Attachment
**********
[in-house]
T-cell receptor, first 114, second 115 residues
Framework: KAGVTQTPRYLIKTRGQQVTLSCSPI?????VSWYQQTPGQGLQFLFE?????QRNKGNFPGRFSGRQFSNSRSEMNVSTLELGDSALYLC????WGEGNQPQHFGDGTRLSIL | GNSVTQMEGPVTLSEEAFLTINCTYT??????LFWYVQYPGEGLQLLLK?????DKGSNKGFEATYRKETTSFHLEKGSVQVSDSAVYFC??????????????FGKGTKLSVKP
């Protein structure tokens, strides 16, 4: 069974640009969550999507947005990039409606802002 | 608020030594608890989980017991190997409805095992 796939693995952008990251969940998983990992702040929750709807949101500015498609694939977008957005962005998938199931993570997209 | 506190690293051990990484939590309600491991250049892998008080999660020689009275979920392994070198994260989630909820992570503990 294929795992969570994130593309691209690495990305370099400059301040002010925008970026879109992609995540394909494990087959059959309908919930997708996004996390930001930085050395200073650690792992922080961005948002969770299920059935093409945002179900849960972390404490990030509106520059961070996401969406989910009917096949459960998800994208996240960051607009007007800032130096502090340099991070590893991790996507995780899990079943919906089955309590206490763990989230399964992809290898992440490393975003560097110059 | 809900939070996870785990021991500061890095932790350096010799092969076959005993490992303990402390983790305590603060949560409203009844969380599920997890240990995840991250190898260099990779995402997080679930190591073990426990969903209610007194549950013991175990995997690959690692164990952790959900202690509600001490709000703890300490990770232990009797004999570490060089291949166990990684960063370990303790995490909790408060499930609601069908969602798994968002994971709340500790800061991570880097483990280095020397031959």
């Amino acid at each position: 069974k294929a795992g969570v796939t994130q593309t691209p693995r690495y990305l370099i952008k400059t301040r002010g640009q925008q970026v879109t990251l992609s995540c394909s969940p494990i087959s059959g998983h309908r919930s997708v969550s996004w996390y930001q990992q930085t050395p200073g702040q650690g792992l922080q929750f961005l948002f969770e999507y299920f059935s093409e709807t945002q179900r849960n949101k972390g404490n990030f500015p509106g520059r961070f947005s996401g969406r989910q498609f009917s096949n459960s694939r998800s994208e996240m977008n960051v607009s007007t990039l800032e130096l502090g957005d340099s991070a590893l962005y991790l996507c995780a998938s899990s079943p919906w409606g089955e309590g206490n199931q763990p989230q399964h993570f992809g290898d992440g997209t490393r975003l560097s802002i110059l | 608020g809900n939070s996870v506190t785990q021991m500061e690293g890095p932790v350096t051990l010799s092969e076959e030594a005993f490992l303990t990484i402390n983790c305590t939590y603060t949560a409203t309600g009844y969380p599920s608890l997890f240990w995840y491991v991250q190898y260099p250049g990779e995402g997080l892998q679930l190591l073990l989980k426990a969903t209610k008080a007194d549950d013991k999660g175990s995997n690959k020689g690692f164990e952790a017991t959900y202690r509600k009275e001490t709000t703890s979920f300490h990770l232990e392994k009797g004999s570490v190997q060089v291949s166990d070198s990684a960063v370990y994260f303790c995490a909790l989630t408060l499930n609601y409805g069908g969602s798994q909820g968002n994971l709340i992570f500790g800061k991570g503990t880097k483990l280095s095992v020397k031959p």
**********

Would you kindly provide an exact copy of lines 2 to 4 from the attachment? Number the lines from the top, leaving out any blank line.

T-cell receptor, first 114, second 115 residues
Framework: KAGVTQTPRYLIKTRGQQVTLSCSPI?????VSWYQQTPGQGLQFLFE?????QRNKGNFPGRFSGRQFSNSRSEMNVSTLELGDSALYLC????WGEGNQPQHFGDGTRLSIL | GNSVTQMEGPVTLSEEAFLTINCTYT??????LFWYVQYPGEGLQLLLK?????DKGSNKGFEATYRKETTSFHLEKGSVQVSDSAVYFC??????????????FGKGTKLSVKP
């Protein structure tokens, strides 16, 4: 069974640009969550999507947005990039409606802002 | 608020030594608890989980017991190997409805095992 796939693995952008990251969940998983990992702040929750709807949101500015498609694939977008957005962005998938199931993570997209 | 506190690293051990990484939590309600491991250049892998008080999660020689009275979920392994070198994260989630909820992570503990 294929795992969570994130593309691209690495990305370099400059301040002010925008970026879109992609995540394909494990087959059959309908919930997708996004996390930001930085050395200073650690792992922080961005948002969770299920059935093409945002179900849960972390404490990030509106520059961070996401969406989910009917096949459960998800994208996240960051607009007007800032130096502090340099991070590893991790996507995780899990079943919906089955309590206490763990989230399964992809290898992440490393975003560097110059 | 809900939070996870785990021991500061890095932790350096010799092969076959005993490992303990402390983790305590603060949560409203009844969380599920997890240990995840991250190898260099990779995402997080679930190591073990426990969903209610007194549950013991175990995997690959690692164990952790959900202690509600001490709000703890300490990770232990009797004999570490060089291949166990990684960063370990303790995490909790408060499930609601069908969602798994968002994971709340500790800061991570880097483990280095020397031959």